At the same time, some loyal Mayawati supporters remain intact. In Gorur's Ambedkar Nagar, Kiran says the JD(S) MLA has been absolutely useless, "But we will vote for him because Behenji has said so." There are places where the alliance has gelled on the ground. Chamundeshwari, in the outskirts of Mysuru, for example, will surely pull some BSP votes towards JD(S). But in most places, it will not.
There is a sense that the BJP and JD(S) might be on to something. The BJP does not have much of a presence here. In fact, the fight in most of the Old Mysore region is between JD(S) and Congress, and to propel JD(S)' chances, BJP, in some constituencies, has palpably put forth a dummy candidate. In Chamundeshwari, where Siddaramaiah and JD(S)' GT Deve Gowda are locked in a photo finish, the electorate does not even know the name of the BJP candidate.
Thirty-year-old Siddaraju, who works as a teacher, says it is hypocrisy at its peak. "You ally with BSP officially, and have a tacit understanding with the BJP locally," he says, "It is shameless politics. Kumaraswamy has allied with the BJP earlier. What is the guarantee he will not do it again after using our votes?" The fear among many is that if the JD(S) is in a position to be kingmaker in case of a hung Assembly, it will dump BSP after using its name to get the crucial incremental vote that goes beyond Vokkaligas, and form the government with BJP.
The BSP itself is not likely to win a single seat. In 2008, it had a vote share of 2.74 percent that dwindled down to 0.94 percent in 2013. The party has pinned its hopes of opening its account in Kollegala constituency in Chamrajnagar District. In 2013, it finished second with close to 37,000 votes, around 10,000 behind the Congress. Interestingly, the Vokkaligas in Kollegala, small in number as they may be, do not seem too keen on voting for a BSP candidate.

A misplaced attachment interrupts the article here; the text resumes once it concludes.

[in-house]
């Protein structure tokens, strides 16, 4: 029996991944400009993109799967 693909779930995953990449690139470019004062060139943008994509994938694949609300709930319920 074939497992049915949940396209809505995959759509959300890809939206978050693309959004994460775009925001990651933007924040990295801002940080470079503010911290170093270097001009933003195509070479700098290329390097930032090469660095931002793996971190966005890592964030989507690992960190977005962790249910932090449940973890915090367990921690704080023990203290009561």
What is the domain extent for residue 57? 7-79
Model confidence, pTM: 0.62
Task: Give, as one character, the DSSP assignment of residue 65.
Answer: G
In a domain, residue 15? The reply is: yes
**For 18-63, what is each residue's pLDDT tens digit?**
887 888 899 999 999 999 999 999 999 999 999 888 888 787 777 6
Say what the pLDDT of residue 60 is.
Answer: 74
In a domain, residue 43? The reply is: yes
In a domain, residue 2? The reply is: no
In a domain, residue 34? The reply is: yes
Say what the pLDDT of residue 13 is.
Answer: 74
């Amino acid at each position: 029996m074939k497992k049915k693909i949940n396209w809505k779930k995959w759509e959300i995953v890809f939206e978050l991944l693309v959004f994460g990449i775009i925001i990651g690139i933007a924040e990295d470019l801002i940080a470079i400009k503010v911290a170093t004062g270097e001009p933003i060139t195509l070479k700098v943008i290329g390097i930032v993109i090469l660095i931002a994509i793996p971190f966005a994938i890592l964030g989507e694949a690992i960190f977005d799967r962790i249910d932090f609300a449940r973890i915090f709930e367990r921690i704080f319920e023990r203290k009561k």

"The only benefit of the alliance is that we can now campaign in all areas," says the BSP worker from Hassan, "Earlier, we only campaigned in Scheduled Caste localities."
However, that has not been much of a consolation. "We had a support base among government servants. That too is wavering. Frustrated by the idea of canvassing for the JD(S), some of the booth workers of BSP are asking people to vote for the Congress in some places," he adds.
The JD(S), at best, will add a bit of vote share to its tally, and at worst, will end up pushing the BSP votes towards Congress. The bigger loser in this game is Mayawati, who stands to gain little at the cost of a lot. If the party fails to open its account, she might see her cadre disintegrate in Karnataka and it will go down as a tactical blunder. She can only hope, then, the perception damage does not spill over into Uttar Pradesh.
Updated Date: May 10, 2018 08:28 AM